The MG-15 was the first standard flexible-mounted aircraft machine gun adopted by the Luftwaffe in the 1930s. Both it and the MG-17 are evolved form a Rheinmetall/Solothurn design which would also become the Austrian and Hungarian M30 infantry light machine guns. As used by the Luftwaffe, the MG15 fired at 900-1000 rounds per minute from a 75-round double drum magazine (the MG-17 was the belt-fed version). It is a very sleek and plain looking tubular gun, using a short recoil action and a rotary locking collar to secure the bolt and barrel during firing.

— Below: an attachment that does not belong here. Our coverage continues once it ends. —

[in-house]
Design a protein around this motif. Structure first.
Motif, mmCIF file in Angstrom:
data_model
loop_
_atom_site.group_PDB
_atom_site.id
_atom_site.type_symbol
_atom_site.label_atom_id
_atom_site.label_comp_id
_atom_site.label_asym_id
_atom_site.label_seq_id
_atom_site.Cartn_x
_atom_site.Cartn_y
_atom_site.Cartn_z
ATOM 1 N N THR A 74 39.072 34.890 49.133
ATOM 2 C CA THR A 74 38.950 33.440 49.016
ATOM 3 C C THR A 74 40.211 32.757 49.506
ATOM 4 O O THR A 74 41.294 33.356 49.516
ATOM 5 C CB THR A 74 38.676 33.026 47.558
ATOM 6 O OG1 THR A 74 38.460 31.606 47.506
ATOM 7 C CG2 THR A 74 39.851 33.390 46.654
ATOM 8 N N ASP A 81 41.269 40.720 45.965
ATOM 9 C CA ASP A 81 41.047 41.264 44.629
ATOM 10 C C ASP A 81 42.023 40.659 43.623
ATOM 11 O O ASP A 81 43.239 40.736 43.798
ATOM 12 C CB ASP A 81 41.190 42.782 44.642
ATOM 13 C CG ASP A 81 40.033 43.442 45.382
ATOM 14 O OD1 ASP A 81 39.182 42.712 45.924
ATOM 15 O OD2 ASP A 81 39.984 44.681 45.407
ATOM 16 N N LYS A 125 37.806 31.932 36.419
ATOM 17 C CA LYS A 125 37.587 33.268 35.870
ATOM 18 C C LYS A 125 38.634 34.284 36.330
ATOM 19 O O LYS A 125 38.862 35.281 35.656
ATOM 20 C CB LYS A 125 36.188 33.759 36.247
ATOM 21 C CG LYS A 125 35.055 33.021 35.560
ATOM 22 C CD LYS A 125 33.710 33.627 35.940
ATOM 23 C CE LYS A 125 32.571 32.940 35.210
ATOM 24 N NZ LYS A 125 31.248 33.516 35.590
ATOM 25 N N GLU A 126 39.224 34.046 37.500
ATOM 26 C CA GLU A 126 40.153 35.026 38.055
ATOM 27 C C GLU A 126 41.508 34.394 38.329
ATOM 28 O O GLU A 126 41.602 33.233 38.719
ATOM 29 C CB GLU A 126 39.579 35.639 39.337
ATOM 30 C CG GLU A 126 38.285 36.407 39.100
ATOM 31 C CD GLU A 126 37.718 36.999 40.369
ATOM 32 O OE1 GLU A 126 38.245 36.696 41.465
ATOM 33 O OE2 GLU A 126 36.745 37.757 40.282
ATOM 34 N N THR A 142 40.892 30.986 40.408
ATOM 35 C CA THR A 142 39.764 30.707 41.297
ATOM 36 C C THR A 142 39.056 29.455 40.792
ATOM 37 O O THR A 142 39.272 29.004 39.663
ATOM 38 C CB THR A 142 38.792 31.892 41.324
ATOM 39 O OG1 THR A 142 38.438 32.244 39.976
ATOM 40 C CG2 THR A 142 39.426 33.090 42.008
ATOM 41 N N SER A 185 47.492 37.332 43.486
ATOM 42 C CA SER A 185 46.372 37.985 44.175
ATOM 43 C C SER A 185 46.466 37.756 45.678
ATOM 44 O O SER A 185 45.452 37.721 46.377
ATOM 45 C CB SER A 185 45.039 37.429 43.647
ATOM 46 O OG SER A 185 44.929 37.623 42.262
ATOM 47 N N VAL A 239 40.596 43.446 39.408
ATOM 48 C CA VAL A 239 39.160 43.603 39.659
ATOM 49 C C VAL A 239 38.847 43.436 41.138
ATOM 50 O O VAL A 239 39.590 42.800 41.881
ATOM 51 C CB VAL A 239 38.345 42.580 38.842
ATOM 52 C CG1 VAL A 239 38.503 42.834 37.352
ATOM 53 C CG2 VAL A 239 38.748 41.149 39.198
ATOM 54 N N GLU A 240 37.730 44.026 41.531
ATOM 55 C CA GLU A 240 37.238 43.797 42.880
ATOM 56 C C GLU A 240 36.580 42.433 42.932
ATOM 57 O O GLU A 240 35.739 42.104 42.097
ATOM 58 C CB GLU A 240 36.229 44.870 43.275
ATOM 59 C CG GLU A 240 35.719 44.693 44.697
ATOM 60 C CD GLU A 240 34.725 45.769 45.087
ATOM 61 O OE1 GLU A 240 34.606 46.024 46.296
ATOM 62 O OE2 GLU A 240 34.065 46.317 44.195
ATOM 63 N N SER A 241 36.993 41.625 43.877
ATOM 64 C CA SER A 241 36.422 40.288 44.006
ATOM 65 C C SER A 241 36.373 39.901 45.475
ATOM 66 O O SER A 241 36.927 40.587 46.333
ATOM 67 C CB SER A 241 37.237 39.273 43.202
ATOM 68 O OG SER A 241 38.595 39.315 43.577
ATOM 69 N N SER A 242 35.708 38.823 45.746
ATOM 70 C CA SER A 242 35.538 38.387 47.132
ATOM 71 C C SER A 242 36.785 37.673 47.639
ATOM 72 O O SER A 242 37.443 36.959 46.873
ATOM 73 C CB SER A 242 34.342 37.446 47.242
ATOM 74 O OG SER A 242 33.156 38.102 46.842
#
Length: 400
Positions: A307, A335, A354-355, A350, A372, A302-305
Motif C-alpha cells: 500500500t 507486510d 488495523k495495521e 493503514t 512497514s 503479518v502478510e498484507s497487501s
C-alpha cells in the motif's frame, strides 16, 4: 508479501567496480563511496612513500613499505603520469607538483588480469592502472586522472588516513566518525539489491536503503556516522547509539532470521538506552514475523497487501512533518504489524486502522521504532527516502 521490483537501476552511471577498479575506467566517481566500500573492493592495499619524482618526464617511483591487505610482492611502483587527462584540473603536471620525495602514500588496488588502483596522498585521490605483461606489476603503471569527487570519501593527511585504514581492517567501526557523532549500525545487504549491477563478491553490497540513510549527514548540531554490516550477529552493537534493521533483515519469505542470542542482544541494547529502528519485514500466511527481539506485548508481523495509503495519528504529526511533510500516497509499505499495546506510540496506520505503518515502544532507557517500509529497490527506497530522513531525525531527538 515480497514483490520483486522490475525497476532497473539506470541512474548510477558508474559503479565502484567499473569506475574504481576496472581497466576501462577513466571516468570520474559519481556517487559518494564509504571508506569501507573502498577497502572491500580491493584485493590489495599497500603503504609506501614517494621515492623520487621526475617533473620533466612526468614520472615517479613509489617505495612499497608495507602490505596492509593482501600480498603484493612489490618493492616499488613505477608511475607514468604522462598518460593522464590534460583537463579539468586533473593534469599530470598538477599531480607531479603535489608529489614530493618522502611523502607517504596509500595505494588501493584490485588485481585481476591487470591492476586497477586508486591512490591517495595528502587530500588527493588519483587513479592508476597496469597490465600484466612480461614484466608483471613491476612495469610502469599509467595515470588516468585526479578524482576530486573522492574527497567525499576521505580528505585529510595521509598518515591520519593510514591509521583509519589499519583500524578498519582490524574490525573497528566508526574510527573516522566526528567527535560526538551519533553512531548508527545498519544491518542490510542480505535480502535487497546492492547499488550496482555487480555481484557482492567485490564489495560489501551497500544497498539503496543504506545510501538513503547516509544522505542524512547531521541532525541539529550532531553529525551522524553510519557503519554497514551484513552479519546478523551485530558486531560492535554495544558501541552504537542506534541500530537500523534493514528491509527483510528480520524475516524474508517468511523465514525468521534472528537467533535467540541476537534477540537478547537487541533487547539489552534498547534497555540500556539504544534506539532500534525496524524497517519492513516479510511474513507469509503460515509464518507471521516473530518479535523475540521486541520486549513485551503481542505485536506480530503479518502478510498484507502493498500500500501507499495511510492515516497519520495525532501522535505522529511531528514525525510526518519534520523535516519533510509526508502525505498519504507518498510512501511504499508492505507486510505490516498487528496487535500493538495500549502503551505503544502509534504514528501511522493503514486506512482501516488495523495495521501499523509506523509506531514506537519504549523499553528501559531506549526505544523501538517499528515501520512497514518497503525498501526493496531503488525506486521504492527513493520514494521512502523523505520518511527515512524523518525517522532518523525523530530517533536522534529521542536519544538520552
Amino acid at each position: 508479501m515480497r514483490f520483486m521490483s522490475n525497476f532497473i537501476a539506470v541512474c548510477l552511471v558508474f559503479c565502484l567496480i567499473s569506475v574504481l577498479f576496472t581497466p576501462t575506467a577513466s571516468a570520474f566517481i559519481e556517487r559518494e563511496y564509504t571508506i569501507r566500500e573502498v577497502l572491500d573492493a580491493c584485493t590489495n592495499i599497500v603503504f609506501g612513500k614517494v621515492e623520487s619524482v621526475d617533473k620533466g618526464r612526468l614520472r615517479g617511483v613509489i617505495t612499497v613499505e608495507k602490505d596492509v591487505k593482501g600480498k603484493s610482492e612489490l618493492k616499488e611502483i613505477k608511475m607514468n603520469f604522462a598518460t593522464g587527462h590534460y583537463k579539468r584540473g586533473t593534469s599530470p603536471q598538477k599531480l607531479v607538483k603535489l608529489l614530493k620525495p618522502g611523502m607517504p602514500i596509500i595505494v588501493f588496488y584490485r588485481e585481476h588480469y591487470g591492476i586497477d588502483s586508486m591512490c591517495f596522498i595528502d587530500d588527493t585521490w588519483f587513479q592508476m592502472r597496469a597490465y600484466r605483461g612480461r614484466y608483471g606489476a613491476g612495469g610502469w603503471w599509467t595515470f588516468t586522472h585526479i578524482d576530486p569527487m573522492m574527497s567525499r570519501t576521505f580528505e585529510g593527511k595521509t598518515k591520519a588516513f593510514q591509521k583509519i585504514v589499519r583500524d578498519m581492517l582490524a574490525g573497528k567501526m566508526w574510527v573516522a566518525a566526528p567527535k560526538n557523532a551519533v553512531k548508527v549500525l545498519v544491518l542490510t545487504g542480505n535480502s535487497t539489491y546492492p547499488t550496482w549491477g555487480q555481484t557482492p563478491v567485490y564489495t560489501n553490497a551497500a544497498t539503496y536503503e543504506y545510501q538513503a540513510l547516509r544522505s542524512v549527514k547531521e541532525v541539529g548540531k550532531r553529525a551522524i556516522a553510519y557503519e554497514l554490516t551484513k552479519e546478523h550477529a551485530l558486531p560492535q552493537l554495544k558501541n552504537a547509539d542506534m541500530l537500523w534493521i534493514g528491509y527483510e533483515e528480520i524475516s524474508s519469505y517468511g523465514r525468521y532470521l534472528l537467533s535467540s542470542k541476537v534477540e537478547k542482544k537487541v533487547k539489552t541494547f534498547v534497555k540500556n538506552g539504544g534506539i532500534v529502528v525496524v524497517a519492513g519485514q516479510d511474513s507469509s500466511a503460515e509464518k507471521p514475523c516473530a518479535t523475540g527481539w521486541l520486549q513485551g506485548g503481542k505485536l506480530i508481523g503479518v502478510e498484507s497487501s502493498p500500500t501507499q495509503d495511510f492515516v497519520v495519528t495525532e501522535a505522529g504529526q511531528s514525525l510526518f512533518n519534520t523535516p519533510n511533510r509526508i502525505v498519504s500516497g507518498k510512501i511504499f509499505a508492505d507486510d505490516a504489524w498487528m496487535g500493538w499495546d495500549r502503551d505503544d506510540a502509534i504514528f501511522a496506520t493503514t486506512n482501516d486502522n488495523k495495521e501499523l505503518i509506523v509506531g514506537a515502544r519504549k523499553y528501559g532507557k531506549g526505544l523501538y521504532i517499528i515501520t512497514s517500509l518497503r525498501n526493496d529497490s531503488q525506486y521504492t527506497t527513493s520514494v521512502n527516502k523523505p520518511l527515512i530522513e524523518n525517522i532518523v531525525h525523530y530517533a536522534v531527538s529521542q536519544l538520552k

As World War Two progressed, aircraft armor became heavier than the 8x57mm Mauser cartridge became insufficient for aerial combat. It would be replaced by 13mm, 15mm, 20mm, and even 30mm machine guns and machine cannons. This left a substantial numbers of MG15 guns obsolete but still in inventory, and at the end of the war some numbers were converted to infantry guns. This was done by adding a simple buttstock, a bipod and bipod mounting shroud, and infantry type sights. It was not an ideal ground gun, but with German arms production in serious trouble anything was welcome.
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